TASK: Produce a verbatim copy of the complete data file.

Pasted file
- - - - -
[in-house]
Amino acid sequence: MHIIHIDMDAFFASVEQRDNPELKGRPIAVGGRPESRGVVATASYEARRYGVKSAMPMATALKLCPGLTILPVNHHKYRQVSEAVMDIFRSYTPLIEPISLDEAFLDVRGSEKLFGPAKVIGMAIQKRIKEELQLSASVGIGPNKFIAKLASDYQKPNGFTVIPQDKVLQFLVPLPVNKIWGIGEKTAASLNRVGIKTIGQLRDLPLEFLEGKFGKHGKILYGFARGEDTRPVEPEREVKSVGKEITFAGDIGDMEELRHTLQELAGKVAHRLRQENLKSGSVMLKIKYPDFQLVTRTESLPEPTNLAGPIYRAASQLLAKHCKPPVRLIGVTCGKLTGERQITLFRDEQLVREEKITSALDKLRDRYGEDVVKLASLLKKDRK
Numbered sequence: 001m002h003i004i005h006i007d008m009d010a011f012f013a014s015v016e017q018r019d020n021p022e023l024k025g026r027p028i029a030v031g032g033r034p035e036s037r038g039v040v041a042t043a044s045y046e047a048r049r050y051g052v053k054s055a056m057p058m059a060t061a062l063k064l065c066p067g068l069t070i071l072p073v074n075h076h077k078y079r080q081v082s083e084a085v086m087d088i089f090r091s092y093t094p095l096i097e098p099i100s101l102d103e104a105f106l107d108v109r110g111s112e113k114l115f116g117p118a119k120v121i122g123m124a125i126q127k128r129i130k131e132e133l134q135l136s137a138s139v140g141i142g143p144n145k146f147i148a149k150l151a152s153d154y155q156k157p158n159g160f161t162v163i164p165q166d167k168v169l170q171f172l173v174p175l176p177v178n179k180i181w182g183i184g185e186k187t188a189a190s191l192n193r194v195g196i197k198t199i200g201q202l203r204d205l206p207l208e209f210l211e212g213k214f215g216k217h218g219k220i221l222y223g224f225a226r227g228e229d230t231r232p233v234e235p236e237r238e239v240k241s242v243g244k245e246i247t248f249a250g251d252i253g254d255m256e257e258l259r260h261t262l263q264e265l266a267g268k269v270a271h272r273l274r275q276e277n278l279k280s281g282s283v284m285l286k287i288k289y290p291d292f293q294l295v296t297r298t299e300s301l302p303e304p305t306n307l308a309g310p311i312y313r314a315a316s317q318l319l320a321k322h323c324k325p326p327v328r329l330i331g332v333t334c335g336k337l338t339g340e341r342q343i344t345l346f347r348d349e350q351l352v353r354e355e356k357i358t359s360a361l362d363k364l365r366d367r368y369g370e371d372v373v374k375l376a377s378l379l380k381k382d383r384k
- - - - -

[in-house]
Amino acid sequence: MHIIHIDMDAFFASVEQRDNPELKGRPIAVGGRPESRGVVATASYEARRYGVKSAMPMATALKLCPGLTILPVNHHKYRQVSEAVMDIFRSYTPLIEPISLDEAFLDVRGSEKLFGPAKVIGMAIQKRIKEELQLSASVGIGPNKFIAKLASDYQKPNGFTVIPQDKVLQFLVPLPVNKIWGIGEKTAASLNRVGIKTIGQLRDLPLEFLEGKFGKHGKILYGFARGEDTRPVEPEREVKSVGKEITFAGDIGDMEELRHTLQELAGKVAHRLRQENLKSGSVMLKIKYPDFQLVTRTESLPEPTNLAGPIYRAASQLLAKHCKPPVRLIGVTCGKLTGERQITLFRDEQLVREEKITSALDKLRDRYGEDVVKLASLLKKDRK
Numbered sequence: 001m002h003i004i005h006i007d008m009d010a011f012f013a014s015v016e017q018r019d020n021p022e023l024k025g026r027p028i029a030v031g032g033r034p035e036s037r038g039v040v041a042t043a044s045y046e047a048r049r050y051g052v053k054s055a056m057p058m059a060t061a062l063k064l065c066p067g068l069t070i071l072p073v074n075h076h077k078y079r080q081v082s083e084a085v086m087d088i089f090r091s092y093t094p095l096i097e098p099i100s101l102d103e104a105f106l107d108v109r110g111s112e113k114l115f116g117p118a119k120v121i122g123m124a125i126q127k128r129i130k131e132e133l134q135l136s137a138s139v140g141i142g143p144n145k146f147i148a149k150l151a152s153d154y155q156k157p158n159g160f161t162v163i164p165q166d167k168v169l170q171f172l173v174p175l176p177v178n179k180i181w182g183i184g185e186k187t188a189a190s191l192n193r194v195g196i197k198t199i200g201q202l203r204d205l206p207l208e209f210l211e212g213k214f215g216k217h218g219k220i221l222y223g224f225a226r227g228e229d230t231r232p233v234e235p236e237r238e239v240k241s242v243g244k245e246i247t248f249a250g251d252i253g254d255m256e257e258l259r260h261t262l263q264e265l266a267g268k269v270a271h272r273l274r275q276e277n278l279k280s281g282s283v284m285l286k287i288k289y290p291d292f293q294l295v296t297r298t299e300s301l302p303e304p305t306n307l308a309g310p311i312y313r314a315a316s317q318l319l320a321k322h323c324k325p326p327v328r329l330i331g332v333t334c335g336k337l338t339g340e341r342q343i344t345l346f347r348d349e350q351l352v353r354e355e356k357i358t359s360a361l362d363k364l365r366d367r368y369g370e371d372v373v374k375l376a377s378l379l380k381k382d383r384k